Is Portugal the new oasis for foreign investors?

From the automotive industry to technology, Portugal has managed in recent years to attract foreign investors willing to spend in a wide variety of sectors.

Confidence, stability and growth are factors that contribute to the increase of foreign investment in Portugal. After a tourism explosion in the national territory, the country has been trying to gain relevance on other fronts, especially on foreign investment, according to presidents of different Chambers of Commerce.

Last year, the Portuguese Agency for Investment and Foreign Trade (AICEP) revealed that it contracted 1.172 billion euros in foreign and Portuguese investment, 1.1% more than in 2018.

In total, 46 foreign direct investments were contracted last year, covering 15 countries. The podium belongs to Germany (12 projects), France (11) and Spain (8).

Foreign direct investments in Portugal last year.Lídia Leão/AICEP

After the recession period that affected the country, between 2011 and 2014, Portugal managed to recover its economy, reduced unemployment and sought to be an attractive country for investment. Something that has been making a profit in the last two years.

ECO News spoke with the presidents of five Chambers of Commerce (Portuguese-Japanese, Portuguese-British, Portuguese-Spanish, Portuguese-Arabic and Portuguese-German) in an attempt to understand how attractive Portugal is to foreign investors.

From political stability to low wages

When questioned, the five Chambers of Commerce were unanimous in their answers and highlighted that the country’s main strengths when it comes to investing are political stability, low wages and social peace in Portuguese society.

“In recent years, the Germans have been betting on Portugal because of the highly qualified workforce at a lower cost, compared to other European countries. Besides that, the good climate also helps a lot,” Hans-Joachim Bohmer, executive director of the German-Portuguese Chamber of Commerce (CCILA), explained to ECO News, on the characteristics that most appeal to investors in the country.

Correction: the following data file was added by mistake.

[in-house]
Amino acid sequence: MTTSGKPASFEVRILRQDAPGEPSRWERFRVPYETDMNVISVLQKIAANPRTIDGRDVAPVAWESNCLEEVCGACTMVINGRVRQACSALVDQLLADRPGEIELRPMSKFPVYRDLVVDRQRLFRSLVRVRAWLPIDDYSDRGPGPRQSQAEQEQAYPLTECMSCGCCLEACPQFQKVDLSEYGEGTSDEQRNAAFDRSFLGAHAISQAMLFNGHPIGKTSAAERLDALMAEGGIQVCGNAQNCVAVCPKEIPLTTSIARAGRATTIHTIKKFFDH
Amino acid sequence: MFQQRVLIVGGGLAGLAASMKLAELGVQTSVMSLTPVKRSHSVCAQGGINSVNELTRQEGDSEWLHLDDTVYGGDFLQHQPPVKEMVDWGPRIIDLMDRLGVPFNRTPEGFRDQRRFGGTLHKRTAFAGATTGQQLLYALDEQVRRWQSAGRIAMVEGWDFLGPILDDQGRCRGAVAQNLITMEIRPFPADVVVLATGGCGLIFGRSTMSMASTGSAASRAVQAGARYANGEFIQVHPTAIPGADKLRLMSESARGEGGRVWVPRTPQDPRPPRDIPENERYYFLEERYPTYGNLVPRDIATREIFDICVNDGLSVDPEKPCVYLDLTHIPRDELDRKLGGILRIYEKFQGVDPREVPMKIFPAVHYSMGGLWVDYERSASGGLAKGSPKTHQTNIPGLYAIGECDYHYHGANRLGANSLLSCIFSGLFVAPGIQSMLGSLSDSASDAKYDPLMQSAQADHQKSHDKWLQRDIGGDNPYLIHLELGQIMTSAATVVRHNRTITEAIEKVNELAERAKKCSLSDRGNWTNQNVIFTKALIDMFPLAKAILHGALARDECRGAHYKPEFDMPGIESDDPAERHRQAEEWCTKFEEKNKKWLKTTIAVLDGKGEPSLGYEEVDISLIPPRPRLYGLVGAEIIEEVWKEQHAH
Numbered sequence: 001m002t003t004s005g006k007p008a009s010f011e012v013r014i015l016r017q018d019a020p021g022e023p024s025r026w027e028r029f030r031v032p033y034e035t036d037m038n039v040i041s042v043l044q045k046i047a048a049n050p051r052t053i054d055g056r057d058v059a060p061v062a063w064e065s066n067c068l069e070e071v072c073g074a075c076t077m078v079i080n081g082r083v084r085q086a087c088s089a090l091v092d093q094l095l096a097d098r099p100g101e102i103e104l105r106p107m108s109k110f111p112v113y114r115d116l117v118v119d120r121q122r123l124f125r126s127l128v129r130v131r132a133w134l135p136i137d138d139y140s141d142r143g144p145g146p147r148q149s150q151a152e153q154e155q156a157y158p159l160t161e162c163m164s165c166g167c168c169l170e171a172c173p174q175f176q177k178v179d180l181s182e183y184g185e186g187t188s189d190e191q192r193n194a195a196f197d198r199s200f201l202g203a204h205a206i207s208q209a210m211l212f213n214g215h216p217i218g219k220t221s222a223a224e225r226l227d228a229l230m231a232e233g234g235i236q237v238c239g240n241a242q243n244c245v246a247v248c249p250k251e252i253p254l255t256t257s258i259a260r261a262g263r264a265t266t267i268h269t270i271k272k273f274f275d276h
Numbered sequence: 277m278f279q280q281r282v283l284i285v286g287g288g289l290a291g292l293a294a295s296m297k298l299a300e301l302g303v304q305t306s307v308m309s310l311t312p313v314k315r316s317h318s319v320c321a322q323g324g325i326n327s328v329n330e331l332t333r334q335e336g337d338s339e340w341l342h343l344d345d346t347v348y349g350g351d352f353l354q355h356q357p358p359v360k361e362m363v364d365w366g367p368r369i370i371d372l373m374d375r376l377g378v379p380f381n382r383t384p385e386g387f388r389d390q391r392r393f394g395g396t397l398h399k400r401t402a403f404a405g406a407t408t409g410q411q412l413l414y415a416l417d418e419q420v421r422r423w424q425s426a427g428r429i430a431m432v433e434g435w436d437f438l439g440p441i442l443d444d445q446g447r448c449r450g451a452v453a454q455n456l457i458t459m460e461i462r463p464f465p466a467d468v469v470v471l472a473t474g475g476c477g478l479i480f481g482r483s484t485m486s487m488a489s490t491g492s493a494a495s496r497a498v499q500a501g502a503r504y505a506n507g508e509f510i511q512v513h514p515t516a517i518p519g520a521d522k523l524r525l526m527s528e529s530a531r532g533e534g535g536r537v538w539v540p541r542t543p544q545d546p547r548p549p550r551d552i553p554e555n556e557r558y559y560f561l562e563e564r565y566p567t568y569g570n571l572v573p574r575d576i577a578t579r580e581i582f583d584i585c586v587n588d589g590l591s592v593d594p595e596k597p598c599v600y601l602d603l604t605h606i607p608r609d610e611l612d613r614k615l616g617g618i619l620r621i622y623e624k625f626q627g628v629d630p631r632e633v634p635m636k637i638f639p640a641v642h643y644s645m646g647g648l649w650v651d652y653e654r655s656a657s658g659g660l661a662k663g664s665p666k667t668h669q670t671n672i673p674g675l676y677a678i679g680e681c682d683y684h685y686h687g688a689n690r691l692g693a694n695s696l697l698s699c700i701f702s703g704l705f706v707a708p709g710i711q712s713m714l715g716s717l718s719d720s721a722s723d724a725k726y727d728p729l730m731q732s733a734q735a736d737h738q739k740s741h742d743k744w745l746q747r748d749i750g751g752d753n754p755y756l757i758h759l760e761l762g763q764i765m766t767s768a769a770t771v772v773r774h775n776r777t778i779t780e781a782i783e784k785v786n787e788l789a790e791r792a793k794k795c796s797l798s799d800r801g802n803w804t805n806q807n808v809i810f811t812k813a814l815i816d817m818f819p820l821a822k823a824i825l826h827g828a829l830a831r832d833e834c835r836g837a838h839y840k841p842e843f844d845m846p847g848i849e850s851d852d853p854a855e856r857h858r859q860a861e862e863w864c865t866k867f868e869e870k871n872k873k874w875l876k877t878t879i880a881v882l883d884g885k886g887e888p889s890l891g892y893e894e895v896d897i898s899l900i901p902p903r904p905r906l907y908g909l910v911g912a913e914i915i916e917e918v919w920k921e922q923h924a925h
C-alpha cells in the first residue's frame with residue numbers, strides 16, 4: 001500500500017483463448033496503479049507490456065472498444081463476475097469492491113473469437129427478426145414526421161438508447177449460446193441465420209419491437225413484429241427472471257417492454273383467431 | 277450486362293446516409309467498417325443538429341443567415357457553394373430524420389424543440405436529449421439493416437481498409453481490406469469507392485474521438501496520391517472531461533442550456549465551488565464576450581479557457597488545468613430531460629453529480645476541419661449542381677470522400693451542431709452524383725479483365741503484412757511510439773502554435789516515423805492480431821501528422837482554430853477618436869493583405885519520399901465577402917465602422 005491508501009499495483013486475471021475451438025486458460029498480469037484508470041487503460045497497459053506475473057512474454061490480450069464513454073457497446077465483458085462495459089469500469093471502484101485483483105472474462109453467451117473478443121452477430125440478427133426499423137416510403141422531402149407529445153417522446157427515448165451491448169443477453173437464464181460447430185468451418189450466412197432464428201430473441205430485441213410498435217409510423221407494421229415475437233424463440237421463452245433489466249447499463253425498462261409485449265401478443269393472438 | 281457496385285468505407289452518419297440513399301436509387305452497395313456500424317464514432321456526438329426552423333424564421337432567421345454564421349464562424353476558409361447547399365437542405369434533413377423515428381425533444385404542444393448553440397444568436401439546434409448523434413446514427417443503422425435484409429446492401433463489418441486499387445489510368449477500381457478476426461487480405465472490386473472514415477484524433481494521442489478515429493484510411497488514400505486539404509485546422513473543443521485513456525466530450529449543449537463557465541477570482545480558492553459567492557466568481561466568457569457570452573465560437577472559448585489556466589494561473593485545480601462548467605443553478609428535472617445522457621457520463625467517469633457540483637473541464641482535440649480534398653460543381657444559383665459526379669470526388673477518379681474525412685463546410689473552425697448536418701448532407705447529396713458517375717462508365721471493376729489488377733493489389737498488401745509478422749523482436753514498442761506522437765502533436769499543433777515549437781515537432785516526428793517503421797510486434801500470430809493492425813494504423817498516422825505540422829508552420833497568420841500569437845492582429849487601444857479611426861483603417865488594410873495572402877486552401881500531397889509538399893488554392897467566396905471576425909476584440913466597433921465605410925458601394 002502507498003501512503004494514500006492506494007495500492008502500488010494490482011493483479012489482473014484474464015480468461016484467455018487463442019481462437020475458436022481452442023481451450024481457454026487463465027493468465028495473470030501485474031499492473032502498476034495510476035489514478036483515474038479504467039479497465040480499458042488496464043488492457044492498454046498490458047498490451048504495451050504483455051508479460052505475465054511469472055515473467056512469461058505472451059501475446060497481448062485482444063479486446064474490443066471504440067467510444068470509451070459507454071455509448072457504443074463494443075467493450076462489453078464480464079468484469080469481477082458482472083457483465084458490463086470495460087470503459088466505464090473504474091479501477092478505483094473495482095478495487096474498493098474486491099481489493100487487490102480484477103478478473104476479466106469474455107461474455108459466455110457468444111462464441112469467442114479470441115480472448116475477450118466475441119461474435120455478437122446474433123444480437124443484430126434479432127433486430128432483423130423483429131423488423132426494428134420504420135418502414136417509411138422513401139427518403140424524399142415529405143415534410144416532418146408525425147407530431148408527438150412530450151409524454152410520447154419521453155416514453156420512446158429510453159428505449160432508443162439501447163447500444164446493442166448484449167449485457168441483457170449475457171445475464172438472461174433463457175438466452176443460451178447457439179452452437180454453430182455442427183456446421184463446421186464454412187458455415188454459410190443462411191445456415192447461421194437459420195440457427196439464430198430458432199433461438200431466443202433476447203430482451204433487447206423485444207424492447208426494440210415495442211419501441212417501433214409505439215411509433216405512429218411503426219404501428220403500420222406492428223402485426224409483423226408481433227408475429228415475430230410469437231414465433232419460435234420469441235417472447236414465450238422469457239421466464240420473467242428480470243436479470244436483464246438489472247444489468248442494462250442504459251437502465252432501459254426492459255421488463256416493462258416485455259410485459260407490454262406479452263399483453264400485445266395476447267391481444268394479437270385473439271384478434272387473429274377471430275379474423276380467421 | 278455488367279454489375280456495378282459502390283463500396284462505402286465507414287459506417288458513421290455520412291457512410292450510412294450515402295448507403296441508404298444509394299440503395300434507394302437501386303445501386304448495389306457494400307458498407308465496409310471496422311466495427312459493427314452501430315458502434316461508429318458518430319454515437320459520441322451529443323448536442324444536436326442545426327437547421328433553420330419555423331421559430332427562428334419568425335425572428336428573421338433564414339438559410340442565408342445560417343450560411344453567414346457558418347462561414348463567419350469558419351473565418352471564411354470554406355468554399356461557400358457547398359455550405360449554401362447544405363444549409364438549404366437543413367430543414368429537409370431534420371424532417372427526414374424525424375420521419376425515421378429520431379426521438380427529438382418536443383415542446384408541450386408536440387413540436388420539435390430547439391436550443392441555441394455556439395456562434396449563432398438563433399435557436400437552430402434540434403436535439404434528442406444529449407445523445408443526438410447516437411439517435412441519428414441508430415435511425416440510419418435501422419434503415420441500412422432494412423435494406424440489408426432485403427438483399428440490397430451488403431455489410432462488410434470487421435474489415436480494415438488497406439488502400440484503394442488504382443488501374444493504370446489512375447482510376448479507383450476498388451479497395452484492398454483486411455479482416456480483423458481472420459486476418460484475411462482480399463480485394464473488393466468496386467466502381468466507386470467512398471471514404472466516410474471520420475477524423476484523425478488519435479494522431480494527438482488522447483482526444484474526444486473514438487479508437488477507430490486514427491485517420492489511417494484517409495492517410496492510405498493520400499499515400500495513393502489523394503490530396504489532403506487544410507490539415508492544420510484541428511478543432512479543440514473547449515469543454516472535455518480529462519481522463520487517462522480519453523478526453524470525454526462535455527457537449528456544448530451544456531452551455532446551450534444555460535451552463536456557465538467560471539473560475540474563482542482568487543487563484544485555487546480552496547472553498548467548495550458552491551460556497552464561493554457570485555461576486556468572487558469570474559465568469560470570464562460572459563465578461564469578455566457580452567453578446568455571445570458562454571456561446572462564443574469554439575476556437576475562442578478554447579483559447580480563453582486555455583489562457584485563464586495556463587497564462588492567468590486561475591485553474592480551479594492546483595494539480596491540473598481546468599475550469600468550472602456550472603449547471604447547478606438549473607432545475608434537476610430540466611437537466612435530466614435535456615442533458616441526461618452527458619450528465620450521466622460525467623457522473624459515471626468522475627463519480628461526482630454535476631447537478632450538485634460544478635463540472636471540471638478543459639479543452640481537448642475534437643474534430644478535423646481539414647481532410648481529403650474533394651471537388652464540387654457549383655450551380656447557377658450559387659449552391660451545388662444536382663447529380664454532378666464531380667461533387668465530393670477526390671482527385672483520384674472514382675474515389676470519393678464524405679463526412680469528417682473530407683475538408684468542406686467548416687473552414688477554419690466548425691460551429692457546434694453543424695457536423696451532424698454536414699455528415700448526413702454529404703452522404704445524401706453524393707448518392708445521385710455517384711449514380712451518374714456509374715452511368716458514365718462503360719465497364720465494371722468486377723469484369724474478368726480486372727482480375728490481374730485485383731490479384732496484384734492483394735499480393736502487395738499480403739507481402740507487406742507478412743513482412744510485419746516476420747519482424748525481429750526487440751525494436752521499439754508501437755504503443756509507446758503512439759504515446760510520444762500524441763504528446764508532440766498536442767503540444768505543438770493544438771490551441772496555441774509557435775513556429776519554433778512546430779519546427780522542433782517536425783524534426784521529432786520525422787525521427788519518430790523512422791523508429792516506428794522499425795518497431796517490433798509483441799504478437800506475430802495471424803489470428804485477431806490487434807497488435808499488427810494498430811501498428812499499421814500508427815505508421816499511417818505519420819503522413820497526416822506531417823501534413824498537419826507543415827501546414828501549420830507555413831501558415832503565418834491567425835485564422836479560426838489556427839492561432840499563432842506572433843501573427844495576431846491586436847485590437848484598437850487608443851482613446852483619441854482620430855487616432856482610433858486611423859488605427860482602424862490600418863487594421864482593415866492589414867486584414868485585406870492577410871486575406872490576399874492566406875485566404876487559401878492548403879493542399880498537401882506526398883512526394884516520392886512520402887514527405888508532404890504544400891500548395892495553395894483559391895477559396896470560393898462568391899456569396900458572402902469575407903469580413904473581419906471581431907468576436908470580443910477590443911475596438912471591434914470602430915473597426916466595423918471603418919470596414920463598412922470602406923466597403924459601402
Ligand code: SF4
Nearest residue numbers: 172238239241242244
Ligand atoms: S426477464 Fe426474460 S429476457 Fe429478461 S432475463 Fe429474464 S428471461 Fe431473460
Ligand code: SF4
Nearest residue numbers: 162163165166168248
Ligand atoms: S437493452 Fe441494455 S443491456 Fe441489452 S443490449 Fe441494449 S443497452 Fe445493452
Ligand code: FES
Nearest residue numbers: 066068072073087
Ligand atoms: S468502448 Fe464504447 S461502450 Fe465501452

We have had countless companies looking for a new country to invest in, and Portugal is usually on that shortlist of most attractive countries.

Hans-Joachim Bohmer, executive director of CCILA.

“We have had countless companies looking for a new country to invest in, and Portugal is usually on that shortlist of most attractive countries. One important factor is the proximity to the European market, in other words, it is also an alternative to Asian markets: because, on one hand, these companies have a guarantee of the quality of a product that is manufactured in Portugal and, on the other hand, the country can give a quicker response, due to its location,” he underlined.

João Nabais, president of the Portuguese-Arab Chamber of Commerce (CCIAP), said social peace and the easy integration of immigrants are also characteristics that can help us stand out from neighbouring Spain.

“Portugal is the third safest country in the world and this is an advantage with investors. Many Arab ambassadors tell me: ‘In Spain, the Vox party talks about the Reconquista and that’s crazy’. After seeing what’s going on in Spain, investors look at Portugal with a certain comfort. Friendliness is a business partner,” said the president.